IASC Real-Time Evaluation of the Humanitarian Response to the Horn of Africa Drought Crisis - Kenya


Executive Summary

RTE Background & Methodology

For most of 2011 the pastoralist and marginal cropping communities of Kenya endured a severe food crisis. Over 3.75 million Kenyans1 and 598,218 refugees2 were severely affected and in need of humanitarian assistance. As the emergency met the “automatic trigger” criteria3 endorsed by IASC Working Group in July 2011, the Emergency Relief Coordinator requested an IASC Real Time Evaluation (IASC RTE) in Kenya. The purpose of this evaluation is to provide rapid real-time feedback to the Humanitarian Country Team, addressing issues requiring immediate action, lesson learning for the future, and to seek out the views of affected communities.

The Kenya IASC RTE is a rapid, light, and participatory evaluation that was conducted between November 2011 and January 2012. It comprised a desk review, field visits to affected communities, three workshops, an outcome summary of workshops and a final report. The desk review included a thorough analysis of situation reports, briefings, appeals, policies, other third party analysis, and evaluations concerning the Horn of Africa Drought crisis in Kenya and beyond.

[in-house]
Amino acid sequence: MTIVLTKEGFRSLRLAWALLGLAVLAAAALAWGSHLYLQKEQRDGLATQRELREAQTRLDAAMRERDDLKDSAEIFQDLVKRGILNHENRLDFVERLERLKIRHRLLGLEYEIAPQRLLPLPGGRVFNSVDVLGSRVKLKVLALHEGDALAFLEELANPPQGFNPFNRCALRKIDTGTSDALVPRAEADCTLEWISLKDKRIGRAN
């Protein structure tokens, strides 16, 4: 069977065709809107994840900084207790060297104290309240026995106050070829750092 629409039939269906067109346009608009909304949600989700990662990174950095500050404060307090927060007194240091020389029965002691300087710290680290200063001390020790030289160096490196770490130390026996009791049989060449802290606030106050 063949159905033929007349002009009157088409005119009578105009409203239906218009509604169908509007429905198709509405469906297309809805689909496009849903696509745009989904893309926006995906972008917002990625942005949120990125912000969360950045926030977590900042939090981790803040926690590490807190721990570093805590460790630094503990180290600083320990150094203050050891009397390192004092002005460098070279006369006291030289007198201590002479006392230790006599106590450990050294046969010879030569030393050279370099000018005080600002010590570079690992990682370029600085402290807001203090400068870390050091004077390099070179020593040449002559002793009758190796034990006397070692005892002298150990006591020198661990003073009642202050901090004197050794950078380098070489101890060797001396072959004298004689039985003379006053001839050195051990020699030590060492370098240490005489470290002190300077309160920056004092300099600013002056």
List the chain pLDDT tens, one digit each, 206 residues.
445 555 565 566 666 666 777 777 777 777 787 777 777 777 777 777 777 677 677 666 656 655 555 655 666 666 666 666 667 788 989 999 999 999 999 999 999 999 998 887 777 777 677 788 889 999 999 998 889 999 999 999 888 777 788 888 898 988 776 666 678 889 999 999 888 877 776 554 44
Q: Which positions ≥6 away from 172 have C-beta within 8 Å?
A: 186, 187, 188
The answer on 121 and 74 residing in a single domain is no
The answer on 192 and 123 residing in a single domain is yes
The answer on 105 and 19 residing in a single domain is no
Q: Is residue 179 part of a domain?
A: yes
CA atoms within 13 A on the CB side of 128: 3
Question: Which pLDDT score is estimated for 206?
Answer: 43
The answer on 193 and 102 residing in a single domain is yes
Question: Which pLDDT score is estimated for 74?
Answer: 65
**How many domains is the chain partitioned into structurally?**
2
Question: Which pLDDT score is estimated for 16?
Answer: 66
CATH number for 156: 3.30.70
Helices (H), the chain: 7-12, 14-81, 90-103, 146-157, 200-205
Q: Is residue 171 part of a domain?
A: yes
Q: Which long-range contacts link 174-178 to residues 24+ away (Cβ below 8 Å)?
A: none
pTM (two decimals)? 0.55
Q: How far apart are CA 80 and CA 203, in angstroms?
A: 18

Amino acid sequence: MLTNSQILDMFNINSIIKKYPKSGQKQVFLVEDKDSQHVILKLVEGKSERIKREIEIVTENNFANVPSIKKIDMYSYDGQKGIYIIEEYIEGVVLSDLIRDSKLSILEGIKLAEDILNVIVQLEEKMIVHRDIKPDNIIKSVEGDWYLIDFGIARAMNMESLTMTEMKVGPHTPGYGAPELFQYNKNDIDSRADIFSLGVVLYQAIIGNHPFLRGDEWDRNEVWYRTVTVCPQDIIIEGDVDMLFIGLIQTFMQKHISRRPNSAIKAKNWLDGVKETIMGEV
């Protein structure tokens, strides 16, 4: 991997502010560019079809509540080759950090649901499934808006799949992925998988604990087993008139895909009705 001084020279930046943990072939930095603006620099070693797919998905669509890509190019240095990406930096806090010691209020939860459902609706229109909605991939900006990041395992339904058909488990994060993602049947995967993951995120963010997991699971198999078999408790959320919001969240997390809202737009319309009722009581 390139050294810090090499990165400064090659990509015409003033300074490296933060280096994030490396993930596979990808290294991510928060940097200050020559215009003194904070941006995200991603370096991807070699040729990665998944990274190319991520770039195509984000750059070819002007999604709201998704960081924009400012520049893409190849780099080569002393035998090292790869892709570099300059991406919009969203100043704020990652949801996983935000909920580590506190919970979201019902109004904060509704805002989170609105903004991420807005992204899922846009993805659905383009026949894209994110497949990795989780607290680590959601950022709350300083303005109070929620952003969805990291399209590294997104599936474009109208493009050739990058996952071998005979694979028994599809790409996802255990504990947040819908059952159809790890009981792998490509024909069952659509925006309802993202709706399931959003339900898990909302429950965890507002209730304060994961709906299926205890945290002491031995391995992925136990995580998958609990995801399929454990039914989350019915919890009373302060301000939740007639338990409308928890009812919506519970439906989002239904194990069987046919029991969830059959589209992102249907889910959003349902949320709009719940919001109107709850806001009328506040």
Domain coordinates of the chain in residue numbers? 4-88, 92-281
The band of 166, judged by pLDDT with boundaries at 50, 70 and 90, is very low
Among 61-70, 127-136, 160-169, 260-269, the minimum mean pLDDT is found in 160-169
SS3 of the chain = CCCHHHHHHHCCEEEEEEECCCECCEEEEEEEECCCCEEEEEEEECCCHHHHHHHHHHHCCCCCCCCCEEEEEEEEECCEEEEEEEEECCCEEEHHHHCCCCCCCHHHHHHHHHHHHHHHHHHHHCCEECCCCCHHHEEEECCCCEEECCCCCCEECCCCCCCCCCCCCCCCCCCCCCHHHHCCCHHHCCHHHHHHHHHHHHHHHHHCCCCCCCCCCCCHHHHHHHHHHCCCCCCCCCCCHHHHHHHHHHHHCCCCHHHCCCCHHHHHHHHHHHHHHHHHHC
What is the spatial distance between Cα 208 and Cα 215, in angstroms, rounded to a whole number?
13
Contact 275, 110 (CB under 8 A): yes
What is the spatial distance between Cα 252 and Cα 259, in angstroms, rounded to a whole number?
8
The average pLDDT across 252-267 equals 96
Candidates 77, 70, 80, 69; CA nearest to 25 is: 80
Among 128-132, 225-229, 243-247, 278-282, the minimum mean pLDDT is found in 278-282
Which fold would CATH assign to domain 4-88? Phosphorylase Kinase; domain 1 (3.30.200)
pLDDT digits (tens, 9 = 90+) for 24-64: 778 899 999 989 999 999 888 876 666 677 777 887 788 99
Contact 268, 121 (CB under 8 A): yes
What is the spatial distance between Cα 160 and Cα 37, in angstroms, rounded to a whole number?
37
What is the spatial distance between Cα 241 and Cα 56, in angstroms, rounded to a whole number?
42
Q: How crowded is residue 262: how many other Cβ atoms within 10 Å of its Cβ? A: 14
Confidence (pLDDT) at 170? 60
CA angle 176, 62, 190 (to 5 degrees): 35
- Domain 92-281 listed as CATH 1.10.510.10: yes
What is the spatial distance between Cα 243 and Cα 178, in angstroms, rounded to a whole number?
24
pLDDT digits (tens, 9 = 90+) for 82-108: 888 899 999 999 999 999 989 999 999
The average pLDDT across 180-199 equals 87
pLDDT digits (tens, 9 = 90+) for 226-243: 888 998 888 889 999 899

The field visit included interviews with more than 180 key stakeholders and beneficiaries, concluding with three workshops conducted in three different locations (Nairobi, Dadaab, and Turkana). Two different humanitarian contexts were specifically considered: the drought affected communities (such as Turkana) and the refugee assisted populations (such as Dadaab). The field visits, community feedback, and workshops, built upon the desk review, and served as the basis for the final report. In the final report, findings and trends observed during the field visits and discussed in the workshops were reconciled with the data analysed in the desk review to produce the findings and recommendations.
Complementary to the recommendations, Frameworks for Future Action were developed with the IA community, during the workshops in Nairobi and Dadaab, to guide future efforts aimed at improving the quality of the response.